belonged, and the customs and traditions which they practiced. They were thankful to Bathala, their god. And they
were happy in the manner of living which they led.
On a typical day, the men could be seen going to the mountains or forests to hunt, while the women and
small children could be seen busily engaged in such useful tasks as fishing and gathering of fruits and vegetables.
After a days work, all wild animals that had been killed in the hunt and all fruits and vegetables that had been
gathered would be divided equally among all the group of families which made up the balangay.
One day, a group of hunters went out to hunt deer. In their desire to have a good catch, they traveled far and
wide until they reached to Cordillera Mountains. Having traveled so far, and feeling dead tired; they decided to take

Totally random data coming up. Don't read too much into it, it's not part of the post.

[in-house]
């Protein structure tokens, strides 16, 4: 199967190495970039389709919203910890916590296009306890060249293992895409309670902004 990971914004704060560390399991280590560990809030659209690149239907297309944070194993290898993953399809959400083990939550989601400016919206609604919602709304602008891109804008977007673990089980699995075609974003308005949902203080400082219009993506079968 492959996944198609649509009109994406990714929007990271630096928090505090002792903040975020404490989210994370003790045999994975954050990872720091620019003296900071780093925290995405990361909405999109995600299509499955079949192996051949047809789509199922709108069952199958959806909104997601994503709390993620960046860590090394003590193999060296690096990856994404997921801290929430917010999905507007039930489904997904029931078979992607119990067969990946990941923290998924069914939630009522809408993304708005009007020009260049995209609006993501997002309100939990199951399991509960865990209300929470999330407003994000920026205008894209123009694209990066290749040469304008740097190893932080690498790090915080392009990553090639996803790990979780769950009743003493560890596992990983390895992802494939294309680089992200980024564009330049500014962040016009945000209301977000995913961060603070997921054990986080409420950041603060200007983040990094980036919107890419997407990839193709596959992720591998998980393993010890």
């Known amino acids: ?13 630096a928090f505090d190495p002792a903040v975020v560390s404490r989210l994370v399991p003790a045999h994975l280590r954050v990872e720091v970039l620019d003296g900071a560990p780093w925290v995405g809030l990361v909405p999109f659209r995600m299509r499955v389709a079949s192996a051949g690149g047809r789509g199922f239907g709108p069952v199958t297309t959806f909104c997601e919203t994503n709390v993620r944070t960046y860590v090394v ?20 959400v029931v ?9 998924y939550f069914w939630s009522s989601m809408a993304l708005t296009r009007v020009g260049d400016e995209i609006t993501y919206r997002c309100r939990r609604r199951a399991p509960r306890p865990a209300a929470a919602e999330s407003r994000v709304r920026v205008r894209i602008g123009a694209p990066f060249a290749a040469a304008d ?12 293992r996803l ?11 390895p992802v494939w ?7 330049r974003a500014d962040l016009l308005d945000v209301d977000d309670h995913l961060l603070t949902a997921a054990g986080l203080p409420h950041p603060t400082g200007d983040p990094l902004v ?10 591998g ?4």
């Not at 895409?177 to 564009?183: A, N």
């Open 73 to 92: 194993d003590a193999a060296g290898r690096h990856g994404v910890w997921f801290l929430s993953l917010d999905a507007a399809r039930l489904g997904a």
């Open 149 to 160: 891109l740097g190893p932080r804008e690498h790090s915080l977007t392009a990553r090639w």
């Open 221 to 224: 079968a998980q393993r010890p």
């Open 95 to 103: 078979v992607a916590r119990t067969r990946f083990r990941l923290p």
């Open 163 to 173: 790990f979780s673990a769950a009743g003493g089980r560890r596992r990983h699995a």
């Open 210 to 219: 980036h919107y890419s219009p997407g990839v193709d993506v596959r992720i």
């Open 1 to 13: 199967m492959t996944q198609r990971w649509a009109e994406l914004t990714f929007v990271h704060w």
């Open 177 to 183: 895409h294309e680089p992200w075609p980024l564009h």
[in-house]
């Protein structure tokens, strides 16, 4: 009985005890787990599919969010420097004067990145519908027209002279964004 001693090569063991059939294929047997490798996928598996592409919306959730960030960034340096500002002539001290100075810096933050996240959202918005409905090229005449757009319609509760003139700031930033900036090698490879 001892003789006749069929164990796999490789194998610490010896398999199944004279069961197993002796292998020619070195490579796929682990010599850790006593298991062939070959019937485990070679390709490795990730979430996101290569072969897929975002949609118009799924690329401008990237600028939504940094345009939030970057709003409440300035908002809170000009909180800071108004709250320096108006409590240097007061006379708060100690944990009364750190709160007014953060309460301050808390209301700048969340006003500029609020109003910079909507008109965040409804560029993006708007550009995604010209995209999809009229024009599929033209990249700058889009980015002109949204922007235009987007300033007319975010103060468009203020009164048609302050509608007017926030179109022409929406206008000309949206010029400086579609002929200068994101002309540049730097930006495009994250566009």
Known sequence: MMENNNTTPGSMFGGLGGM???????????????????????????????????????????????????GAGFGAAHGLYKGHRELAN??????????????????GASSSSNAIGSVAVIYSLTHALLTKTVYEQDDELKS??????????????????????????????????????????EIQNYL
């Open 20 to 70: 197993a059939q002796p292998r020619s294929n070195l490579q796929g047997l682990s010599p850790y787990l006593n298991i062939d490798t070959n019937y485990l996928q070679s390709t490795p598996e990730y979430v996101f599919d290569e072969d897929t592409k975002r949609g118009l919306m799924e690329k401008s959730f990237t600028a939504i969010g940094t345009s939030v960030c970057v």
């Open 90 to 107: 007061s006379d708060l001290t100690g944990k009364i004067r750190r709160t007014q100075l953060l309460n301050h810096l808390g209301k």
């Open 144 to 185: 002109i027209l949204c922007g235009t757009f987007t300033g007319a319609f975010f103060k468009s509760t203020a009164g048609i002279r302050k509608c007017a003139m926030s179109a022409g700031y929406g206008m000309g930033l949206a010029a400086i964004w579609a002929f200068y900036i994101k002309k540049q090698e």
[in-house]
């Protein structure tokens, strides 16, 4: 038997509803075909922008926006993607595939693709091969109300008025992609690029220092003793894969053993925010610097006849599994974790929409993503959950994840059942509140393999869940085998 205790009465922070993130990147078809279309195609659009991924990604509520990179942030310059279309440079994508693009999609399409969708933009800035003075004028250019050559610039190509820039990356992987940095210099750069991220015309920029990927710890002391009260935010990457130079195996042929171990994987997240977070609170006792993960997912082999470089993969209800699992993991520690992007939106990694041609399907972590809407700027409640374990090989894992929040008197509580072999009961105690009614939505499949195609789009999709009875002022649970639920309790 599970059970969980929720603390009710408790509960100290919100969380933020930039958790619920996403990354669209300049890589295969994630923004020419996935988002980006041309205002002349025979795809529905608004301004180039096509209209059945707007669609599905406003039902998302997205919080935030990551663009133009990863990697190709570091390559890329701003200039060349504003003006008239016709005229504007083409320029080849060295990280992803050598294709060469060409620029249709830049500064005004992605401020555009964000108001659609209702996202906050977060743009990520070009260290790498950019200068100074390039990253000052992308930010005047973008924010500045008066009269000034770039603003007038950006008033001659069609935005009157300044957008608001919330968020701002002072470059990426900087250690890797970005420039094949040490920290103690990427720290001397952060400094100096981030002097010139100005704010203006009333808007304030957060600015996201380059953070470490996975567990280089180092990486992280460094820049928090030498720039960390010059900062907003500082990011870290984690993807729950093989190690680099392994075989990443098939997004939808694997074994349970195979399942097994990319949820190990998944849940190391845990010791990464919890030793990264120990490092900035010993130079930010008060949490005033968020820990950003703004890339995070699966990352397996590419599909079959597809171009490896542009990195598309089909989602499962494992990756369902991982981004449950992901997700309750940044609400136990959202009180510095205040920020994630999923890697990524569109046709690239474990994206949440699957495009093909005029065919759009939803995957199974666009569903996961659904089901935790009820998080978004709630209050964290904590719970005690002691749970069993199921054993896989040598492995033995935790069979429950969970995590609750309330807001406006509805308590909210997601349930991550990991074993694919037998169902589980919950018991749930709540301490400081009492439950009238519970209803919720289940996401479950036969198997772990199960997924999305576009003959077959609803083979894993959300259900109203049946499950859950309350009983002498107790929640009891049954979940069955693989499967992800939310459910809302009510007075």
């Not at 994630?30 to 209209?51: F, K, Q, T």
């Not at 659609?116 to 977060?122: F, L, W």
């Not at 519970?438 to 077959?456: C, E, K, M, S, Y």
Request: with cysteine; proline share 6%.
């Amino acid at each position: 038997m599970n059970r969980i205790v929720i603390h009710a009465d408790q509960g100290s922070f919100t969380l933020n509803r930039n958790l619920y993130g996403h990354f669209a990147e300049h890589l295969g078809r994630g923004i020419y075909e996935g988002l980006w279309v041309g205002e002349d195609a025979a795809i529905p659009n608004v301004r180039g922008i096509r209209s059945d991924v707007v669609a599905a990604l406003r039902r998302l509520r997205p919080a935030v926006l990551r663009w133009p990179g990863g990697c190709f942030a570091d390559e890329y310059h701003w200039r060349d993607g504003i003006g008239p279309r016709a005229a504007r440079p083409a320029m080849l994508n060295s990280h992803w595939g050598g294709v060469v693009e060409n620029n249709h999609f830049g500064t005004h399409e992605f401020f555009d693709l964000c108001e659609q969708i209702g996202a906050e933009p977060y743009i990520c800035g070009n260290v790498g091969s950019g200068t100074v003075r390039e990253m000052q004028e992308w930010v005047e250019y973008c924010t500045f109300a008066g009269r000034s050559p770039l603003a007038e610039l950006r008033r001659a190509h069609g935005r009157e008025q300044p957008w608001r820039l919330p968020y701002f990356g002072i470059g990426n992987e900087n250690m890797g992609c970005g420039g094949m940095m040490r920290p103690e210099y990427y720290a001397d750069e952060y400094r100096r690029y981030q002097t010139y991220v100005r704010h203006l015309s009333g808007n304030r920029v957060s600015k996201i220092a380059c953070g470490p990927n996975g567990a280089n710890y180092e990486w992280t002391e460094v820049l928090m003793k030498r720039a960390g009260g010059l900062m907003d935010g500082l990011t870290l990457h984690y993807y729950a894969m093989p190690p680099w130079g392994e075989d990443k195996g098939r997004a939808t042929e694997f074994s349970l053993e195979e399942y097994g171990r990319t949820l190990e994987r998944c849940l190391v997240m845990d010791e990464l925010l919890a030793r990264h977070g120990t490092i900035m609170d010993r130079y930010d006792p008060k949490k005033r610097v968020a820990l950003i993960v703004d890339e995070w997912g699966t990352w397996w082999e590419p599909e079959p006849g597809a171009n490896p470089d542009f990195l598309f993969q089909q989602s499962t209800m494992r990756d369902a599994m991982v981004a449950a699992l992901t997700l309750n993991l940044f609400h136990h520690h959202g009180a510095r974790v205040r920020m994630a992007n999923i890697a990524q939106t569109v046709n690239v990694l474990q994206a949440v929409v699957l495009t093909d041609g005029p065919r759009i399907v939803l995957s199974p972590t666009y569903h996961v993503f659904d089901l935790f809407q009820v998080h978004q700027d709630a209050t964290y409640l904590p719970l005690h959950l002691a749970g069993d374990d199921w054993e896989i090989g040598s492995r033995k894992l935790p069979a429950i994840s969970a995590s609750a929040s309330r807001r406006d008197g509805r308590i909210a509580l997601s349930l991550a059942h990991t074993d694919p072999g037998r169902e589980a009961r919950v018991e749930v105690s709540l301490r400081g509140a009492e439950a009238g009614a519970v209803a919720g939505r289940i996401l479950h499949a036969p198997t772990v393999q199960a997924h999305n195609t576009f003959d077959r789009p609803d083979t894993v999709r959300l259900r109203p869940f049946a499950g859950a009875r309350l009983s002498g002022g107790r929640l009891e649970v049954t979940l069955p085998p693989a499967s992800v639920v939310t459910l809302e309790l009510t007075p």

a rest under a big tree. It was nearing noon and all of them were hungry. While resting in the shade of the tree, they
saw, not far from where they were a group of men and women whose features were quite different from those of
ordinary mortals. All at once the hunters stood up and gave the deities due respect. The gods were glad of this
gesture. In return, they invited the hunters to join them in their banquet. The hunters helped in the preparation of the
food. They butchered the deer and wild boar and then placed them one after another over the live coals. In a short
while, a servant of the gods got some bamboos and placed them over the fire. The bamboos contained small, white
kernels shaped like beads. Soon after, the cooked kernels were placed in saucer-shaped banana leaves. The table
laden with roasted meat, cooked vegetables, and fresh fruits. Other bamboos were brought in and these contained
what looked like pure water. The hunters soon learned that the crystal-like substance was not water but rather, the
wine of the gods. At first, the hunters were reluctant in joining the feasts after seeing the small, white kernels.